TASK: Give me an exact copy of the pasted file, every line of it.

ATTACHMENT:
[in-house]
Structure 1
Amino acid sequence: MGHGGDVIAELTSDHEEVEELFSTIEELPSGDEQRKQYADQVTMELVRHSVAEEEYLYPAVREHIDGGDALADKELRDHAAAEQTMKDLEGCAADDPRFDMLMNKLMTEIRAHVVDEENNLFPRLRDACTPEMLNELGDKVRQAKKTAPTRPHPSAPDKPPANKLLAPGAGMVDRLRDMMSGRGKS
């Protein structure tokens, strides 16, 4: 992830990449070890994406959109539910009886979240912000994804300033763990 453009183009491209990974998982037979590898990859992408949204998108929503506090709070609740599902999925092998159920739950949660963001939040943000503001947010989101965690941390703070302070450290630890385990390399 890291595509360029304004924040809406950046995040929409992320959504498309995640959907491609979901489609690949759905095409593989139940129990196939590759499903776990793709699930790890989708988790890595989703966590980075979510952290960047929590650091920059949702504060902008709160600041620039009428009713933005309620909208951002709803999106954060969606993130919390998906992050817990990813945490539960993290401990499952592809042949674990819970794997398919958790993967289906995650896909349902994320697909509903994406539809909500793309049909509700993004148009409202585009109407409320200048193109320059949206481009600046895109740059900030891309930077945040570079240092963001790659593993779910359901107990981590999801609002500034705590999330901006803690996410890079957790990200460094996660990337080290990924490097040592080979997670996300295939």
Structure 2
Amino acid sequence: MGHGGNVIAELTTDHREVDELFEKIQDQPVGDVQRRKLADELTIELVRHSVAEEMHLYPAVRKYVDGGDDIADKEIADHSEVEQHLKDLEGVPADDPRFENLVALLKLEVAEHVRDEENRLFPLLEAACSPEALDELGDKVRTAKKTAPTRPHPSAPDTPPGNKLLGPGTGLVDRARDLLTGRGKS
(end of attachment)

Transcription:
[in-house]
Structure 1
Amino acid sequence: MGHGGDVIAELTSDHEEVEELFSTIEELPSGDEQRKQYADQVTMELVRHSVAEEEYLYPAVREHIDGGDALADKELRDHAAAEQTMKDLEGCAADDPRFDMLMNKLMTEIRAHVVDEENNLFPRLRDACTPEMLNELGDKVRQAKKTAPTRPHPSAPDKPPANKLLAPGAGMVDRLRDMMSGRGKS
């Protein structure tokens, strides 16, 4: 992830990449070890994406959109539910009886979240912000994804300033763990 453009183009491209990974998982037979590898990859992408949204998108929503506090709070609740599902999925092998159920739950949660963001939040943000503001947010989101965690941390703070302070450290630890385990390399 890291595509360029304004924040809406950046995040929409992320959504498309995640959907491609979901489609690949759905095409593989139940129990196939590759499903776990793709699930790890989708988790890595989703966590980075979510952290960047929590650091920059949702504060902008709160600041620039009428009713933005309620909208951002709803999106954060969606993130919390998906992050817990990813945490539960993290401990499952592809042949674990819970794997398919958790993967289906995650896909349902994320697909509903994406539809909500793309049909509700993004148009409202585009109407409320200048193109320059949206481009600046895109740059900030891309930077945040570079240092963001790659593993779910359901107990981590999801609002500034705590999330901006803690996410890079957790990200460094996660990337080290990924490097040592080979997670996300295939």
Structure 2
Amino acid sequence: MGHGGNVIAELTTDHREVDELFEKIQDQPVGDVQRRKLADELTIELVRHSVAEEMHLYPAVRKYVDGGDDIADKEIADHSEVEQHLKDLEGVPADDPRFENLVALLKLEVAEHVRDEENRLFPLLEAACSPEALDELGDKVRTAKKTAPTRPHPSAPDTPPGNKLLGPGTGLVDRARDLLTGRGKS